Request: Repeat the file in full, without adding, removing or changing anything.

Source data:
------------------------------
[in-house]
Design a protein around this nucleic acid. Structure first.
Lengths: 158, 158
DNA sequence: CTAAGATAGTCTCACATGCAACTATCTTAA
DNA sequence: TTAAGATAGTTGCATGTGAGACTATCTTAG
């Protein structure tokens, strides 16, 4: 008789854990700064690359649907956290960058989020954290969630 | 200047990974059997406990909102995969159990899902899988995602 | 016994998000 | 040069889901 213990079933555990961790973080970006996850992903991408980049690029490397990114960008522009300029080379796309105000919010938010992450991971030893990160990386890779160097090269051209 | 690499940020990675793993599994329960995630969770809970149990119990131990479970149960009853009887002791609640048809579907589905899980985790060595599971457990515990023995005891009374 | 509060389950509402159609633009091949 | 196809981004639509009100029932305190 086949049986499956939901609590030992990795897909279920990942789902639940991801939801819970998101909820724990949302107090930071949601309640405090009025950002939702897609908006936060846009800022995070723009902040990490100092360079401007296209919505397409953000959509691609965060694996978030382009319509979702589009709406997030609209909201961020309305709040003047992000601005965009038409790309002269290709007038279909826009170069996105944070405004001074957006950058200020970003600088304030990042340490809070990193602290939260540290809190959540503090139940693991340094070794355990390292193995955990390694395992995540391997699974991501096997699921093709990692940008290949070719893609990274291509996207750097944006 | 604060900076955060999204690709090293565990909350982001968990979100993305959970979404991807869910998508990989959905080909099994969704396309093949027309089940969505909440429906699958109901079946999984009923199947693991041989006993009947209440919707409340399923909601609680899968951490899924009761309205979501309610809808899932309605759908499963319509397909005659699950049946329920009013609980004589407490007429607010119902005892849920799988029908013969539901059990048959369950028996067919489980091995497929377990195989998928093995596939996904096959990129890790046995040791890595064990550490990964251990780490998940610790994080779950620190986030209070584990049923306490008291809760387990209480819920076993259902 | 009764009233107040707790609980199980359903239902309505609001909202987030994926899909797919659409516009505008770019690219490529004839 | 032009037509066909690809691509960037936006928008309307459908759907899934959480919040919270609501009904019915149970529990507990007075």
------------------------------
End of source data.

[in-house]
Design a protein around this nucleic acid. Structure first.
Lengths: 158, 158
DNA sequence: CTAAGATAGTCTCACATGCAACTATCTTAA
DNA sequence: TTAAGATAGTTGCATGTGAGACTATCTTAG
């Protein structure tokens, strides 16, 4: 008789854990700064690359649907956290960058989020954290969630 | 200047990974059997406990909102995969159990899902899988995602 | 016994998000 | 040069889901 213990079933555990961790973080970006996850992903991408980049690029490397990114960008522009300029080379796309105000919010938010992450991971030893990160990386890779160097090269051209 | 690499940020990675793993599994329960995630969770809970149990119990131990479970149960009853009887002791609640048809579907589905899980985790060595599971457990515990023995005891009374 | 509060389950509402159609633009091949 | 196809981004639509009100029932305190 086949049986499956939901609590030992990795897909279920990942789902639940991801939801819970998101909820724990949302107090930071949601309640405090009025950002939702897609908006936060846009800022995070723009902040990490100092360079401007296209919505397409953000959509691609965060694996978030382009319509979702589009709406997030609209909201961020309305709040003047992000601005965009038409790309002269290709007038279909826009170069996105944070405004001074957006950058200020970003600088304030990042340490809070990193602290939260540290809190959540503090139940693991340094070794355990390292193995955990390694395992995540391997699974991501096997699921093709990692940008290949070719893609990274291509996207750097944006 | 604060900076955060999204690709090293565990909350982001968990979100993305959970979404991807869910998508990989959905080909099994969704396309093949027309089940969505909440429906699958109901079946999984009923199947693991041989006993009947209440919707409340399923909601609680899968951490899924009761309205979501309610809808899932309605759908499963319509397909005659699950049946329920009013609980004589407490007429607010119902005892849920799988029908013969539901059990048959369950028996067919489980091995497929377990195989998928093995596939996904096959990129890790046995040791890595064990550490990964251990780490998940610790994080779950620190986030209070584990049923306490008291809760387990209480819920076993259902 | 009764009233107040707790609980199980359903239902309505609001909202987030994926899909797919659409516009505008770019690219490529004839 | 032009037509066909690809691509960037936006928008309307459908759907899934959480919040919270609501009904019915149970529990507990007075």